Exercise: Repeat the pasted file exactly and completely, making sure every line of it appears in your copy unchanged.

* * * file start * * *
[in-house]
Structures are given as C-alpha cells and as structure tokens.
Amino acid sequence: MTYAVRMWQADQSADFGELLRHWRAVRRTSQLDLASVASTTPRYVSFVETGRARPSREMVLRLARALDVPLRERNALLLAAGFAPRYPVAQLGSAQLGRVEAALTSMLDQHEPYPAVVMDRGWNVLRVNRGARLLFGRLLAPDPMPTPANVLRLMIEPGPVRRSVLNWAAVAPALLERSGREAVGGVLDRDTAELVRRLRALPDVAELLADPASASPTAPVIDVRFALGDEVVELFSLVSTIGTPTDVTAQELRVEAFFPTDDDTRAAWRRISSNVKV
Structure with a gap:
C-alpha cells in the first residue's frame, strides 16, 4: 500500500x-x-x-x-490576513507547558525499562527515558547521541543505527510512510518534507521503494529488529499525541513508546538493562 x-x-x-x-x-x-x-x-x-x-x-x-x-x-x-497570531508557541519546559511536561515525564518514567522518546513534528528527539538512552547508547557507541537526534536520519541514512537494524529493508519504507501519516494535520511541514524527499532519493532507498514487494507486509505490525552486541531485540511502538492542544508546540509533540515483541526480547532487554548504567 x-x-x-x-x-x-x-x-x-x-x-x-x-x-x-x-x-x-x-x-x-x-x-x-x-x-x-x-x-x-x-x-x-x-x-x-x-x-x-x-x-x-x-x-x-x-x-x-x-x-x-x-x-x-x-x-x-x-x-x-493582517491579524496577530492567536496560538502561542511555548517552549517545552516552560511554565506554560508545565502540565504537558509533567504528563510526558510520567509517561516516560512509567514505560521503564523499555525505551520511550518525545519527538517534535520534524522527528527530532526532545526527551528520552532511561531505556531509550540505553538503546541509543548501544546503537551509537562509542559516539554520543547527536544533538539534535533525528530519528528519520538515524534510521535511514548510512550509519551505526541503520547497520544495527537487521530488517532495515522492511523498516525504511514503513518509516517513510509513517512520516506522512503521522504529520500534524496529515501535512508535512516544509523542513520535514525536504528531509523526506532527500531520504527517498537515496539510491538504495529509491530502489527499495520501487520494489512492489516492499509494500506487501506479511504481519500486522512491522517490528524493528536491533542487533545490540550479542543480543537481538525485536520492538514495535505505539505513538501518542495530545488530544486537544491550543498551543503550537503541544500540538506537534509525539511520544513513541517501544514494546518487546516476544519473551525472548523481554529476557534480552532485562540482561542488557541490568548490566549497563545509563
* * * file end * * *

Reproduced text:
[in-house]
Structures are given as C-alpha cells and as structure tokens.
Amino acid sequence: MTYAVRMWQADQSADFGELLRHWRAVRRTSQLDLASVASTTPRYVSFVETGRARPSREMVLRLARALDVPLRERNALLLAAGFAPRYPVAQLGSAQLGRVEAALTSMLDQHEPYPAVVMDRGWNVLRVNRGARLLFGRLLAPDPMPTPANVLRLMIEPGPVRRSVLNWAAVAPALLERSGREAVGGVLDRDTAELVRRLRALPDVAELLADPASASPTAPVIDVRFALGDEVVELFSLVSTIGTPTDVTAQELRVEAFFPTDDDTRAAWRRISSNVKV
Structure with a gap:
C-alpha cells in the first residue's frame, strides 16, 4: 500500500x-x-x-x-490576513507547558525499562527515558547521541543505527510512510518534507521503494529488529499525541513508546538493562 x-x-x-x-x-x-x-x-x-x-x-x-x-x-x-497570531508557541519546559511536561515525564518514567522518546513534528528527539538512552547508547557507541537526534536520519541514512537494524529493508519504507501519516494535520511541514524527499532519493532507498514487494507486509505490525552486541531485540511502538492542544508546540509533540515483541526480547532487554548504567 x-x-x-x-x-x-x-x-x-x-x-x-x-x-x-x-x-x-x-x-x-x-x-x-x-x-x-x-x-x-x-x-x-x-x-x-x-x-x-x-x-x-x-x-x-x-x-x-x-x-x-x-x-x-x-x-x-x-x-x-493582517491579524496577530492567536496560538502561542511555548517552549517545552516552560511554565506554560508545565502540565504537558509533567504528563510526558510520567509517561516516560512509567514505560521503564523499555525505551520511550518525545519527538517534535520534524522527528527530532526532545526527551528520552532511561531505556531509550540505553538503546541509543548501544546503537551509537562509542559516539554520543547527536544533538539534535533525528530519528528519520538515524534510521535511514548510512550509519551505526541503520547497520544495527537487521530488517532495515522492511523498516525504511514503513518509516517513510509513517512520516506522512503521522504529520500534524496529515501535512508535512516544509523542513520535514525536504528531509523526506532527500531520504527517498537515496539510491538504495529509491530502489527499495520501487520494489512492489516492499509494500506487501506479511504481519500486522512491522517490528524493528536491533542487533545490540550479542543480543537481538525485536520492538514495535505505539505513538501518542495530545488530544486537544491550543498551543503550537503541544500540538506537534509525539511520544513513541517501544514494546518487546516476544519473551525472548523481554529476557534480552532485562540482561542488557541490568548490566549497563545509563